Cognitive/Affective Mechanisms of Risk among Suicidal Adults with and without Substance Abuse
David Goldston, Ph.D., Duke University School of Medicine
2013 Distinguished Investigator Grant
Inside the Research
Bio: Dr. Goldston received his doctorate from the University of Iowa in 1988. He is currently an Associate Professor of Psychiatry and Behavioral Sciences at Duke University’s School of Medicine.
Research Categories: Neurobiological studies (Brain functioning), Psychosocial studies (Assessment and Risk; Substance use)
Abstract: The information people use to make decisions can affects the way they problem-solve and respond to stressful experiences. This may relate to whether or not someone thinks about suicide or decides to act on suicidal thoughts. Decision-making processes and emotion processing play a role in suicidal behavior, yet the mechanism is still not well understood.
In this study, four decision-making mechanisms will be studied in 90 psychiatric inpatients with depression (30 with a current substance abuse disorder, 30 who have a recent suicide attempt, and 30 who have both a substance abuse disorder and a recent suicide attempt). These groups will be assessed with the Cambridge Gambling Task (to assess decision-making), the Affect Misattribution Procedure (to assess impact of hidden emotional information), and tasks assessing the body’s physical response to a stressor or a reward (startle eyeblink and postauricular reflex). Suicidal thoughts and behaviors will be assessed during hospitalization and at 3-month follow-up. It is expected that the four mechanisms of risk will be associated with suicidal behavior at baseline and at follow-up, regardless of whether or not substance abuse is present.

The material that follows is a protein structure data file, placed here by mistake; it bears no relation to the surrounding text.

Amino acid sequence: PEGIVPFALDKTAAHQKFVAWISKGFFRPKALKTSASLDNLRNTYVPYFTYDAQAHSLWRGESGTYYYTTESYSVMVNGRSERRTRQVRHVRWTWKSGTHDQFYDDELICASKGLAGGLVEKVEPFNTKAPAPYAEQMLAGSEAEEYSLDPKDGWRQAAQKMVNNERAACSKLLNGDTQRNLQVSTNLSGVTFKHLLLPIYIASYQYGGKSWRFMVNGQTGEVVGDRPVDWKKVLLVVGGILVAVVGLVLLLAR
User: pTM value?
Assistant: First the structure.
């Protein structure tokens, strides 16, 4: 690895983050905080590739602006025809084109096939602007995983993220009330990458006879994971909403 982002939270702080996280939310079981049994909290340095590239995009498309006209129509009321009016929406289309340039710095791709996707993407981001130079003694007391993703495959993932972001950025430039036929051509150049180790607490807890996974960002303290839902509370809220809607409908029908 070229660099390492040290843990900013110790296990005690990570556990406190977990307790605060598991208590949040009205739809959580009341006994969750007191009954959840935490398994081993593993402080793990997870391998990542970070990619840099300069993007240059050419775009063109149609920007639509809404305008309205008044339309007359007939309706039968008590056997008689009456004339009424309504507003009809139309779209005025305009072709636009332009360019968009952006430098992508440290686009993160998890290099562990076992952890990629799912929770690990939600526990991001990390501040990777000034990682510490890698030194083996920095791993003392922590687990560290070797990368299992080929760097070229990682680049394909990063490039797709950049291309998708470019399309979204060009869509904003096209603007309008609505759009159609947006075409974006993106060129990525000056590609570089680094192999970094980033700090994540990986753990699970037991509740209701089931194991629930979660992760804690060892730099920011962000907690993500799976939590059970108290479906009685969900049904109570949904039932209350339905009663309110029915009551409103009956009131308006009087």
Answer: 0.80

To the degree that evidence of specific behavioral processes that maintain suicidal behavior can be identified, insight into the direction or emphases needed for cognitive-behavioral approaches for intervention will be gained. The cognitive and affective mechanisms studied have the potential for improved prediction of suicidal behavior over what is currently possible with self-report measures. In addition, as decision-making biases, automatic affect, startle eyeblink reflex, and postauricular reflex have all been suggested to be associated with different patterns of brain functioning, the findings from this study may provide insights into brain-behavior relations that may guide further research in understanding and ultimately preventing suicidal behavior.
Impact: Understanding risk for suicidal behavior requires an appreciation for the ways people process information and make decisions, and effective psychosocial interventions rely on such an understanding.